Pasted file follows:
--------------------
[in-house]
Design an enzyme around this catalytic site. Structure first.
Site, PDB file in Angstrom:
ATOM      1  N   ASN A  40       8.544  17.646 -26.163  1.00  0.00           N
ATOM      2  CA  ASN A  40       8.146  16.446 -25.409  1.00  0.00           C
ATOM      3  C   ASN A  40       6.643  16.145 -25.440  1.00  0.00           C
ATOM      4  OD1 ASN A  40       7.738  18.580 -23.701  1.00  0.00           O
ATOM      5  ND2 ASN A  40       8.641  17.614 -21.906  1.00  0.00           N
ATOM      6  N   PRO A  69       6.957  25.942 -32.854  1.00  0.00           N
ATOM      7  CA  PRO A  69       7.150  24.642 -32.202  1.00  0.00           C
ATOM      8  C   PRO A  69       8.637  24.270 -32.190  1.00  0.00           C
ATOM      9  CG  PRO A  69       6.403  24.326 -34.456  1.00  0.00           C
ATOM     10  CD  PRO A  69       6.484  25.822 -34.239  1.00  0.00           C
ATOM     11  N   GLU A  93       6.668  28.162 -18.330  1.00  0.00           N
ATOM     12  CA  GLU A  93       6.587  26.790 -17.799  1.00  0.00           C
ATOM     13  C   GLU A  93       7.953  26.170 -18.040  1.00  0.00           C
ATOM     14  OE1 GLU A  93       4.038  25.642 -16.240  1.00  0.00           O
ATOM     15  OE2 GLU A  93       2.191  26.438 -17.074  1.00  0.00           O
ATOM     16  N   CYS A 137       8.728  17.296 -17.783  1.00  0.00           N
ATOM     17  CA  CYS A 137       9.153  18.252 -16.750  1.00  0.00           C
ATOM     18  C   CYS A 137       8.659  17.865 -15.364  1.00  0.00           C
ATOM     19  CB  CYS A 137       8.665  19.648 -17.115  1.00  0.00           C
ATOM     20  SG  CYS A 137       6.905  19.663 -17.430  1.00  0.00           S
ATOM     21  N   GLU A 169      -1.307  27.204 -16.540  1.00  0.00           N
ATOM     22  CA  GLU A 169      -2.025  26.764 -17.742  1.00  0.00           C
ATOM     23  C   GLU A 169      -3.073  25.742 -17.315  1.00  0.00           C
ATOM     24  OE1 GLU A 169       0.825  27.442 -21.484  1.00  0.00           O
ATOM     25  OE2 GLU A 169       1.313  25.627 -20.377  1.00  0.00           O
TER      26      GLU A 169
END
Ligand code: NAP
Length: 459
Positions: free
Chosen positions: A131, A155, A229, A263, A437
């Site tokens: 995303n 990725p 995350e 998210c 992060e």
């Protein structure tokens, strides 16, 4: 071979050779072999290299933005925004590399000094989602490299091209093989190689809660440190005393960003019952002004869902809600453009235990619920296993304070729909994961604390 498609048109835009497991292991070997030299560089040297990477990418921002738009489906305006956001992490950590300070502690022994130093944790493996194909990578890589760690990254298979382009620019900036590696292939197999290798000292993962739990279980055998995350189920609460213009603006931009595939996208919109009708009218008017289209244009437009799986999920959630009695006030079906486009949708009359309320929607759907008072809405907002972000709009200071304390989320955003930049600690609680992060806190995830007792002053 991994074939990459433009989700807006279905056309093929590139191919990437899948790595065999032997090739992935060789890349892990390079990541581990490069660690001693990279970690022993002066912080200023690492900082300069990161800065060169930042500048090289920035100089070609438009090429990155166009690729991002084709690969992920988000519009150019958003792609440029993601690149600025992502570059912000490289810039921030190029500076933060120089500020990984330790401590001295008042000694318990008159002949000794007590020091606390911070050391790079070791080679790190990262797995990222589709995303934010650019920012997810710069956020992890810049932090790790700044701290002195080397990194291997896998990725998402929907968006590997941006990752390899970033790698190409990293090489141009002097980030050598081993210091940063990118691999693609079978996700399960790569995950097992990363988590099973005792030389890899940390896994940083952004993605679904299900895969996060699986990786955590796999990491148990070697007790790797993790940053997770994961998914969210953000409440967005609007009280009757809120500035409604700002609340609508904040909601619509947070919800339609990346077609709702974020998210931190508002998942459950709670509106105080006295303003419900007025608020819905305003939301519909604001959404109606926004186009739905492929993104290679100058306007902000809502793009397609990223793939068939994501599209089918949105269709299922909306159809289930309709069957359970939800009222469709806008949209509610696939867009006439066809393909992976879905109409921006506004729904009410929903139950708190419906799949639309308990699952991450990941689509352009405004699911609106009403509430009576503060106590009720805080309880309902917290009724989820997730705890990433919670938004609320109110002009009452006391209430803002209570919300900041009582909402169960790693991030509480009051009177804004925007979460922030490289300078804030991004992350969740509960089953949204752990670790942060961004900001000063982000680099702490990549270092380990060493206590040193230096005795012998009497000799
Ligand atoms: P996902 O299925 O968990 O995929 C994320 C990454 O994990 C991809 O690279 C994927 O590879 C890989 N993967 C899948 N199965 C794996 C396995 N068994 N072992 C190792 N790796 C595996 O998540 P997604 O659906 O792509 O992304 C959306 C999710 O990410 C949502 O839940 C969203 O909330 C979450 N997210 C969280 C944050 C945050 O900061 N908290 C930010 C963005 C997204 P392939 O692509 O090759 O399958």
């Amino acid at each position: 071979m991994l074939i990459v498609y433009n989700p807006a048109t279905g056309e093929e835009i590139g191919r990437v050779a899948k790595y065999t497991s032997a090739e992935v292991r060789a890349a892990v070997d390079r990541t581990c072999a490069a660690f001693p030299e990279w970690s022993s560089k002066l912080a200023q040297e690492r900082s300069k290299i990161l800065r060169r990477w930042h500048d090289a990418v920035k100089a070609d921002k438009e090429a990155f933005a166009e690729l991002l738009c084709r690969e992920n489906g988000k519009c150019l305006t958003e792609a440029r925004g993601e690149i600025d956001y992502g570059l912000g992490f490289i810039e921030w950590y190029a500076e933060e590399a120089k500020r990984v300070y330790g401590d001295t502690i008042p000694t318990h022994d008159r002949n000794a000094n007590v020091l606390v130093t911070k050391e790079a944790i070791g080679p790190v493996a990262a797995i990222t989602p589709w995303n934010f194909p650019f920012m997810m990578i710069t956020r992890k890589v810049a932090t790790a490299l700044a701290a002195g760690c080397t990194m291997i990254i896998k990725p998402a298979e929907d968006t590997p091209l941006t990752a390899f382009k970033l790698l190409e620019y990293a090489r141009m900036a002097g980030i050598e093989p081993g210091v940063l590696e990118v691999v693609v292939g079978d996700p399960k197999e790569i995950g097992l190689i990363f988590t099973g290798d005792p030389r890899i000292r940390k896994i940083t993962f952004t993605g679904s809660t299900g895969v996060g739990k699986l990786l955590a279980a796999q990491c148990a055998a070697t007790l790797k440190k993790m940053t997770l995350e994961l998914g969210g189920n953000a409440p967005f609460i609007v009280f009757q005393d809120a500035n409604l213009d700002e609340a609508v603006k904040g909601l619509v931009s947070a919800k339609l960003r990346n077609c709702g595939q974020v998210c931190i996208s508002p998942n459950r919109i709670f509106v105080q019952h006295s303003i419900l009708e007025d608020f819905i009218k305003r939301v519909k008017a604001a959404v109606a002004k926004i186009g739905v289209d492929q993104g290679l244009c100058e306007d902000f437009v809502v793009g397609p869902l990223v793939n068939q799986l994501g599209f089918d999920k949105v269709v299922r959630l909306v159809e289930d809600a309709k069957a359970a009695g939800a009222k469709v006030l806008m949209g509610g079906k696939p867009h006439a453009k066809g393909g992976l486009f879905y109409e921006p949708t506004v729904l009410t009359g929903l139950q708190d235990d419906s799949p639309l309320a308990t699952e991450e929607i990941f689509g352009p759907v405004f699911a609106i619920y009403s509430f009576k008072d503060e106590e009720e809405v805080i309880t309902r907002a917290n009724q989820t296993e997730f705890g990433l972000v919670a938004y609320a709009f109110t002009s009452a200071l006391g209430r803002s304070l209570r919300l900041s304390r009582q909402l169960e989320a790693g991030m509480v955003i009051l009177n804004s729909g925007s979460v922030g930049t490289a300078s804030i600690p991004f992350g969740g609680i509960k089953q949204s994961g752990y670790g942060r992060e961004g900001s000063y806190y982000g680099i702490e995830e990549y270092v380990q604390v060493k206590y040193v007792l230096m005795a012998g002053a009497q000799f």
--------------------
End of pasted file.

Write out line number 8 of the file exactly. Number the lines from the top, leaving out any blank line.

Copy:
ATOM      5  ND2 ASN A  40       8.641  17.614 -21.906  1.00  0.00           N